Of course, for the virtuous circle to continue, the employer, government, and financial system all need to keep evolving as their economy—and, with it, their society—develops. If a fracture emerges in one pillar, it will inevitably impact the others and risk breaking the cycle.
The macroeconomic challenges facing economies globally will no doubt put some stress on these markets but, on a long-term view, we remain generally positive on their investment prospects. Within our global asset management business, we are largely bullish about the long-term growth prospects for Malaysia, reflected by our equity investments in local companies and significant human capital commitment in the country. We continue to accelerate our wealth management relationships across the UAE while actively participating in real estate strategies with marquee institutions in the region. This study is informing our renewed interest and increased capital commitment to Thailand, with a focus on the savings culture outside of the banking system.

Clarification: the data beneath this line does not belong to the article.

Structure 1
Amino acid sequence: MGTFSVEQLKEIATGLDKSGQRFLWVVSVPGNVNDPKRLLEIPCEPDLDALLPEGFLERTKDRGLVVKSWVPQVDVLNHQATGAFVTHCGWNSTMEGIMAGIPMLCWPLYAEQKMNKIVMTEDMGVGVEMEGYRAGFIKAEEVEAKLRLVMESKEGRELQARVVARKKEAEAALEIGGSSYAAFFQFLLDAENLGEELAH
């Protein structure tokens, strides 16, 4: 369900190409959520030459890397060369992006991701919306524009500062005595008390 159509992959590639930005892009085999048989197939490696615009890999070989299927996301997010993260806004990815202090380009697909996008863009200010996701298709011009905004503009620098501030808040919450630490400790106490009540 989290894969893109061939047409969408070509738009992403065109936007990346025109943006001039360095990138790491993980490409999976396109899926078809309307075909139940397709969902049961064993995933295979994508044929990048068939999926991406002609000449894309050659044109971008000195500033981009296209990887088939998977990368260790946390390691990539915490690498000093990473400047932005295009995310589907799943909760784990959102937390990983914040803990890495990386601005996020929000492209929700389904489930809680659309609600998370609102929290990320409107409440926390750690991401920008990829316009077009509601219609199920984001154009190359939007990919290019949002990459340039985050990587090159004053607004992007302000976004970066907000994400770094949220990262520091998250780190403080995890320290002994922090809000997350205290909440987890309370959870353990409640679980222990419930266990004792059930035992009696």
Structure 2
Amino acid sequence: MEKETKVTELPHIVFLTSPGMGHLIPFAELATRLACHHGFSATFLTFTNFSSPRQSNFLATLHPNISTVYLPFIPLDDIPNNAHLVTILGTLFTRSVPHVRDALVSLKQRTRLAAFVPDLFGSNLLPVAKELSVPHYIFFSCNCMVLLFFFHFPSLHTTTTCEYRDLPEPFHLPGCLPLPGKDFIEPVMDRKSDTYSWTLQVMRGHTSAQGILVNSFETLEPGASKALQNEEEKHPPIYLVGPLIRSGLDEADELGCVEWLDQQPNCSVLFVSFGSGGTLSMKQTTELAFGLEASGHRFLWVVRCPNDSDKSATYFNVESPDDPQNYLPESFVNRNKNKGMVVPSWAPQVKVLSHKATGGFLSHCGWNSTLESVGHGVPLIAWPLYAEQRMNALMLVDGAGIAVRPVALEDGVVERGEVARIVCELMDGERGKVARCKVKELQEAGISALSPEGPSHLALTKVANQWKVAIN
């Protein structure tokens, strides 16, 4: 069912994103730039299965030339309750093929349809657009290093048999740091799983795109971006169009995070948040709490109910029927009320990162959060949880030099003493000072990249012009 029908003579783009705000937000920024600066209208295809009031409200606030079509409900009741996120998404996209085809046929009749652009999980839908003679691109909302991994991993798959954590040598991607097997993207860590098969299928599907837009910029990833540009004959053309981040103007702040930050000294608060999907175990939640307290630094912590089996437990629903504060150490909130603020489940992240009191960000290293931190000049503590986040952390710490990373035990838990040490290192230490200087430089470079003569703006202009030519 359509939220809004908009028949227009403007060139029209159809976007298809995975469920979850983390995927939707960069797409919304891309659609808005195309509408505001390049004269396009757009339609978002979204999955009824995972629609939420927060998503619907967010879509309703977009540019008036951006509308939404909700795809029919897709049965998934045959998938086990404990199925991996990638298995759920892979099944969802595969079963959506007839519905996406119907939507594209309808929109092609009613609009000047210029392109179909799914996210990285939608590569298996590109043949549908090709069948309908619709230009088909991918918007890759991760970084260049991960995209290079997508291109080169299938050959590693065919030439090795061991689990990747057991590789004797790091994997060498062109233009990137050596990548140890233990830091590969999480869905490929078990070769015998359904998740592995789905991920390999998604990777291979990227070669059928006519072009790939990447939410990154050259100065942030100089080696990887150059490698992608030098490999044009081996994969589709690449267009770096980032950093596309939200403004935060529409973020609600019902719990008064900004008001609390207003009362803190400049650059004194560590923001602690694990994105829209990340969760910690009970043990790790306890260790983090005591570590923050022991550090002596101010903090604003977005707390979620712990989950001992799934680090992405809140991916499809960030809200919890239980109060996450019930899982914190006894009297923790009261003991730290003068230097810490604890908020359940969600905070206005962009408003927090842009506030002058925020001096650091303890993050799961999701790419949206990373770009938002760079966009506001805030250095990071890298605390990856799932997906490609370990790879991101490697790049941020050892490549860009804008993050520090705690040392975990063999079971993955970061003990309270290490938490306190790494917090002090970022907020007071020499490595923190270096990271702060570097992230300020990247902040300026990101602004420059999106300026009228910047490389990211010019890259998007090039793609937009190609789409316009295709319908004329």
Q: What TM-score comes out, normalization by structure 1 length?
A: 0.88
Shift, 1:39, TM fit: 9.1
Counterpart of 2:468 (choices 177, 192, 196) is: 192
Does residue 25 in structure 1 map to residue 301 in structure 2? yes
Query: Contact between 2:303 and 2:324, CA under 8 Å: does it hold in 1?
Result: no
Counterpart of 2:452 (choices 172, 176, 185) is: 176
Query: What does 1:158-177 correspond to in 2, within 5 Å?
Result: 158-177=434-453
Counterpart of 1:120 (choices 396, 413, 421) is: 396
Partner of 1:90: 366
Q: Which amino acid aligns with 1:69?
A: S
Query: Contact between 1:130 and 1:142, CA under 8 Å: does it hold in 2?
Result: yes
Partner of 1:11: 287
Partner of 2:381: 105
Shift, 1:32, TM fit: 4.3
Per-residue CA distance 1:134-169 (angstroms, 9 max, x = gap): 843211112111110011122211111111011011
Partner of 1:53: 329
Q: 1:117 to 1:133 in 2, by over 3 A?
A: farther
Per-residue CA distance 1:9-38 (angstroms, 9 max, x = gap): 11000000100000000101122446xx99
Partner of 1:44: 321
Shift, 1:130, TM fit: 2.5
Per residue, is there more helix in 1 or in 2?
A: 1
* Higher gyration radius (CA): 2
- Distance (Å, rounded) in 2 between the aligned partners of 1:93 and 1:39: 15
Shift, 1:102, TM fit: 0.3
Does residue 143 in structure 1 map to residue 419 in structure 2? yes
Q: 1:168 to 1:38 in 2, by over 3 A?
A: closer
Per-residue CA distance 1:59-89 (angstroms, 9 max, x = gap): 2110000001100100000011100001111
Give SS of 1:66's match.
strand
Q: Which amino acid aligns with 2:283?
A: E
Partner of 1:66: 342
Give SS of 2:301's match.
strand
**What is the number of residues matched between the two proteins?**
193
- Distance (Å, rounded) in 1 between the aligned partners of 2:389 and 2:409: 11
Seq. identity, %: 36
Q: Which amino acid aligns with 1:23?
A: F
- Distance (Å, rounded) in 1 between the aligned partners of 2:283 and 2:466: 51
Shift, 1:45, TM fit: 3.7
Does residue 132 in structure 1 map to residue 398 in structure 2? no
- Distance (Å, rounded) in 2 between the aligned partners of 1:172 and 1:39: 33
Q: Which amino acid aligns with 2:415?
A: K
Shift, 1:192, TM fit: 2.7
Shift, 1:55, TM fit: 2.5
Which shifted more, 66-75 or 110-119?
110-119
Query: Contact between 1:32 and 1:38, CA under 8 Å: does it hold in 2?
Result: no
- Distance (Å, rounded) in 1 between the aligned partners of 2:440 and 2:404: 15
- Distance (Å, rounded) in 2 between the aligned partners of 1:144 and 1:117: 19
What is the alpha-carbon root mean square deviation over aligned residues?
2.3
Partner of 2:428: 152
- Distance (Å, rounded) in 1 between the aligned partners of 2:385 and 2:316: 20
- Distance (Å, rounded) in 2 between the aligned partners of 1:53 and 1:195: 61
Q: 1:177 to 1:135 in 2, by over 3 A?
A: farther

Better financial inclusion is not the only, or even the main, cause of better productivity, just as greater productivity is not the main cause of greater financial inclusion. Both are contributors to and characteristics of a healthy economy. Markets which evolve through the financial inclusion cycle—particularly those that demonstrate strong scores in enabling business growth and confidence—are well positioned to trigger a leap forward in their maturity as a capital market. We are going to be long-term partners and contributors to this journey. Financial inclusion is part of our mission.
Gain more insights from the Global Financial Inclusion Index.
|Overall Index Score||Government support score||Financial system support score||Employer support score|
|United Arab Emirates||51.23||49.37||50.15||64.50|
The Global Financial Inclusion Index is a proprietary model output based upon certain assumptions that may change, are not guaranteed, and should not be relied upon as a significant basis for an investment decision.